PDT Staff Writer
As Alaskan Governor and republican vice presidential candidate Sarah Palin spoke to the people in Chillicothe on Wednesday, the Scioto County Democratic Party dismissed her ability to sway the polls this close to the election.
Chair of the Scioto County Democrat Party, Randy Basham, said Democratic candidate Sen. Barack Obama (D-Ill) "broke the ice" with voters when he visited Portsmouth on Oct. 9, but doubts Palin can have the same effect.
"I think her visit is too late in this campaign. I think the mind set of people, a majority of them are set now on what they want to do," Basham said, alluding to national polls that show Obama with a strong lead over Republican candidate Sen. John McCain (R-Ariz.).
While Obama maintains the lead in Ohio according to nearly every poll, the depth of his lead varies greatly between them.
In the most recent Associated Press-GfK Poll, released Wednesday, Obama held a slight edge in Ohio, with 48 percent of likely voters favoringd Obama compared to 41 percent for McCain. Other polls, however, suggest Obama's lead may not be as wide as it once was. According to a poll among registered voters in Ohio conducted by the Marist College Institute for Public Opinion, Obama's lead has shrunk in the Buckeye State from an 8-point lead in Ohio two weeks ago, to only a 3-point lead this week.
Basham accused the McCain campaign of abandoning its talk about the issues, and instead using fear tactics to scare voters into siding with them.
"Both candidates have stated their case addressing their issues, and the people have clearly understood John McCain one week saying the economy was fundamentally OK and then he changed his position a week later after the banks were in trouble and the stock market falling and people's 401k's were being devastated," Basham said. "Sarah Palin has taken the stump in her speeches, resorting to socialism and communism and all that stuff. They're staying away from the topics now and trying to go with the fear-factor."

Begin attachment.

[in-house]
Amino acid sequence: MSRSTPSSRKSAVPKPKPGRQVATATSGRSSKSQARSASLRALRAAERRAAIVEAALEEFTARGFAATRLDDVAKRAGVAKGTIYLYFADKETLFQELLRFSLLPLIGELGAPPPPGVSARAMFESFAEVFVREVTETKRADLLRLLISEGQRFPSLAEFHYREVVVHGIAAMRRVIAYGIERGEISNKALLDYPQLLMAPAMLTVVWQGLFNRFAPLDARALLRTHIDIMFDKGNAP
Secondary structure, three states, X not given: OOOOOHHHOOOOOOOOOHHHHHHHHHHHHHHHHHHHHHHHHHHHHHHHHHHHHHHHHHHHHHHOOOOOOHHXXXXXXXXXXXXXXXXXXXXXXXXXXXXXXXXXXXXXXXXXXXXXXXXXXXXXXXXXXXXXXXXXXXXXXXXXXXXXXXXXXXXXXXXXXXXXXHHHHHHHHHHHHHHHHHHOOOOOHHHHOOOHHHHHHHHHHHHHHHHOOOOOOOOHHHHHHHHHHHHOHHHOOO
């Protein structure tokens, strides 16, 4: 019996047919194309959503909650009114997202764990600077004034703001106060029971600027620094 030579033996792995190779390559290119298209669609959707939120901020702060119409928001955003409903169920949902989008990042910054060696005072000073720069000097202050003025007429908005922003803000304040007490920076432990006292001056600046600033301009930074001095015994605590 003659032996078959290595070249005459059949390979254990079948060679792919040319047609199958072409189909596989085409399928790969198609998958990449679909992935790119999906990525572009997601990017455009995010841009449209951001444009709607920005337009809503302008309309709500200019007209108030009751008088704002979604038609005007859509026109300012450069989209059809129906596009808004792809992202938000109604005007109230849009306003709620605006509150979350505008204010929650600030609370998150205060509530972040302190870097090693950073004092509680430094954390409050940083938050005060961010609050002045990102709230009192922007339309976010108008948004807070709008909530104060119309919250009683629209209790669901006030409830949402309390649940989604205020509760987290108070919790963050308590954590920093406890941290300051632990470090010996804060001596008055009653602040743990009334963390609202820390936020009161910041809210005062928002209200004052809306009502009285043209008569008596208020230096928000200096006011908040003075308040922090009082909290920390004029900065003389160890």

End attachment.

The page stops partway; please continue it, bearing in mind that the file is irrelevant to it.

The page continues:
He said the people see through those tactics and he insists if Obama keeps pushing McCain on the issues, voters will respond by voting Democrat on Tuesday.
Also hoping to distract attention away from Palin's visit in Chillicothe, Lt. Gov. Lee Fisher spent Wednesday canvassing southern Ohio, going door-to-door personally in Chillicothe, Portsmouth and Ironton.
"The governor's office is 100 percent behind Barack Obama and Joe Biden for presidency. They're putting their neck on the line for re-election two years from now," Basham said.
The Obama campaign on Wednesday said they were excited to have Fisher joining its grassroots effort to help reach voters. Olivia Alair, spokesperson for the campaign, said Fisher will go door-to-door telling them why he feels an Obama-Biden ticket is the best ticket to bring change to Washington and rebuild the economy.
"It's important we turn out every last supporter, and knock on as many doors as possible right up to election day," Alair said.
She said Fisher's tour through southern Ohio was not intentionally scheduled as a response to Plain's visit, saying their campaign is touring all over Ohio and it's inevitable that their paths would eventually cross.
On Friday, Sen. Hillary Clinton (D-NY) will return to southern Ohio to participate in a Change We Need rally in Ironton.
"I think she got a great vote in the primary, and the fact that she's coming back here to stump for Obama shows she's supporting him and her supporters should support him as well," said Ohio Assistant Minority Leader Rep. Todd Book, D-McDermott (89th District).
Details were not fully available on Wednesday evening, but Book said Clinton will probably be speaking Friday at 12:30 p.m., at either Ironton Senior High School or Ohio University Southern Campus.
RYAN SCOTT OTTNEY can be reached at (740) 353-3101, ext. 235.